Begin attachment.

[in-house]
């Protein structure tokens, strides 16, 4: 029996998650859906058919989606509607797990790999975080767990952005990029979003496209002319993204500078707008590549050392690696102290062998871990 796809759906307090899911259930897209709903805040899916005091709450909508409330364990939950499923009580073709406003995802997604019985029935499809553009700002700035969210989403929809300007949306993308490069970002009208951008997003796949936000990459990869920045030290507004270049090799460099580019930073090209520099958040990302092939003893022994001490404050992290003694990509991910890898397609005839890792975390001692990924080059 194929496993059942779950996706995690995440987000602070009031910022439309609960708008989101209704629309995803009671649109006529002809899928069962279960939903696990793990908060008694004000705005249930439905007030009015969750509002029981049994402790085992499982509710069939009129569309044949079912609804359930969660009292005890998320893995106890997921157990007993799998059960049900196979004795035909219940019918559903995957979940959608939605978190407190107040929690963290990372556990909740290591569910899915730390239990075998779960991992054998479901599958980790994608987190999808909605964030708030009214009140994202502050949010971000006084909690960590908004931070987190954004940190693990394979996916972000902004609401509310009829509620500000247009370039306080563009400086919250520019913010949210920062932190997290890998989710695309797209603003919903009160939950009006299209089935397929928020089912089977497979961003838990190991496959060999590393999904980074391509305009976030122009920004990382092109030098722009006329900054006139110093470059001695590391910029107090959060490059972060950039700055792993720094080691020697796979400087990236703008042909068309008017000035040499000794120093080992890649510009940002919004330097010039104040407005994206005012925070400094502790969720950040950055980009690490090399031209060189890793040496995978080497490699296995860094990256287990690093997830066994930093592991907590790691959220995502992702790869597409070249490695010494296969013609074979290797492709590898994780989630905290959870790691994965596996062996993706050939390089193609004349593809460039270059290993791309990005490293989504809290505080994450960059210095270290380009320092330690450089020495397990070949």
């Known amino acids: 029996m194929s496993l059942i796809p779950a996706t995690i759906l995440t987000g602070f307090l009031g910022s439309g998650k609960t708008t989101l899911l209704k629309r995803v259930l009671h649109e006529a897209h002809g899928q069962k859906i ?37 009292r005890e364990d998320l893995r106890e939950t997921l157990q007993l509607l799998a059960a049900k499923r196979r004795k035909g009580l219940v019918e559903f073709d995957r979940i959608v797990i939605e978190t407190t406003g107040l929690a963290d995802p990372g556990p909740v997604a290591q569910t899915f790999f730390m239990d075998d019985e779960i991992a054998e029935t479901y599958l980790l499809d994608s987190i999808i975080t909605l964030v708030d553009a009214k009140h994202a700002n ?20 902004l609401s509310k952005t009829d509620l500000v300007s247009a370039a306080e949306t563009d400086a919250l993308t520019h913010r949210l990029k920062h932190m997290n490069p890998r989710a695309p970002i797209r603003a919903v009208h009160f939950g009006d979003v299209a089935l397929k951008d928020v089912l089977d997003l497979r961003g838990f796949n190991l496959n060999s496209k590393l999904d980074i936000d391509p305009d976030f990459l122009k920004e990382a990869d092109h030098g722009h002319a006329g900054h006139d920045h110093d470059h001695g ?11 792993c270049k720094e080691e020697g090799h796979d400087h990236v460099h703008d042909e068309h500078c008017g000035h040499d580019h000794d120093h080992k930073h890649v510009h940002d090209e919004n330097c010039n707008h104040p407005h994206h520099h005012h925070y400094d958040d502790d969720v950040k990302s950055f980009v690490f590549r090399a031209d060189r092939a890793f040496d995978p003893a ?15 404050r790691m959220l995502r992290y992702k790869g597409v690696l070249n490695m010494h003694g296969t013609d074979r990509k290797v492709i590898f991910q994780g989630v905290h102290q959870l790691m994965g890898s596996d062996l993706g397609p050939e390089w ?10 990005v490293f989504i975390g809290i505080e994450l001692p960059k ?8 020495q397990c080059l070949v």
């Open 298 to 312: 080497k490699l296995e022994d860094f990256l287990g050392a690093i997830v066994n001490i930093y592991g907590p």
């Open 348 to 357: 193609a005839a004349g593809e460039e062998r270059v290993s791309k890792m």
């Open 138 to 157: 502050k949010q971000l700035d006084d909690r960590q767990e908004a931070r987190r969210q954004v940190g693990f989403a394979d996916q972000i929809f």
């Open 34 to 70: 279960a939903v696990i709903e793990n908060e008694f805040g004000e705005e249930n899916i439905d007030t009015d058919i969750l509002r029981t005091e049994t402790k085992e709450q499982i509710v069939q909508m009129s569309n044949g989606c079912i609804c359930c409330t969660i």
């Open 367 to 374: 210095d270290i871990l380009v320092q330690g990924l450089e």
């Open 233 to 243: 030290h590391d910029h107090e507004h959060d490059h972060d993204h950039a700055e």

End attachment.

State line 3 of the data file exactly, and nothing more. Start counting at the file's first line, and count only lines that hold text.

């Known amino acids: 029996m194929s496993l059942i796809p779950a996706t995690i759906l995440t987000g602070f307090l009031g910022s439309g998650k609960t708008t989101l899911l209704k629309r995803v259930l009671h649109e006529a897209h002809g899928q069962k859906i ?37 009292r005890e364990d998320l893995r106890e939950t997921l157990q007993l509607l799998a059960a049900k499923r196979r004795k035909g009580l219940v019918e559903f073709d995957r979940i959608v797990i939605e978190t407190t406003g107040l929690a963290d995802p990372g556990p909740v997604a290591q569910t899915f790999f730390m239990d075998d019985e779960i991992a054998e029935t479901y599958l980790l499809d994608s987190i999808i975080t909605l964030v708030d553009a009214k009140h994202a700002n ?20 902004l609401s509310k952005t009829d509620l500000v300007s247009a370039a306080e949306t563009d400086a919250l993308t520019h913010r949210l990029k920062h932190m997290n490069p890998r989710a695309p970002i797209r603003a919903v009208h009160f939950g009006d979003v299209a089935l397929k951008d928020v089912l089977d997003l497979r961003g838990f796949n190991l496959n060999s496209k590393l999904d980074i936000d391509p305009d976030f990459l122009k920004e990382a990869d092109h030098g722009h002319a006329g900054h006139d920045h110093d470059h001695g ?11 792993c270049k720094e080691e020697g090799h796979d400087h990236v460099h703008d042909e068309h500078c008017g000035h040499d580019h000794d120093h080992k930073h890649v510009h940002d090209e919004n330097c010039n707008h104040p407005h994206h520099h005012h925070y400094d958040d502790d969720v950040k990302s950055f980009v690490f590549r090399a031209d060189r092939a890793f040496d995978p003893a ?15 404050r790691m959220l995502r992290y992702k790869g597409v690696l070249n490695m010494h003694g296969t013609d074979r990509k290797v492709i590898f991910q994780g989630v905290h102290q959870l790691m994965g890898s596996d062996l993706g397609p050939e390089w ?10 990005v490293f989504i975390g809290i505080e994450l001692p960059k ?8 020495q397990c080059l070949v």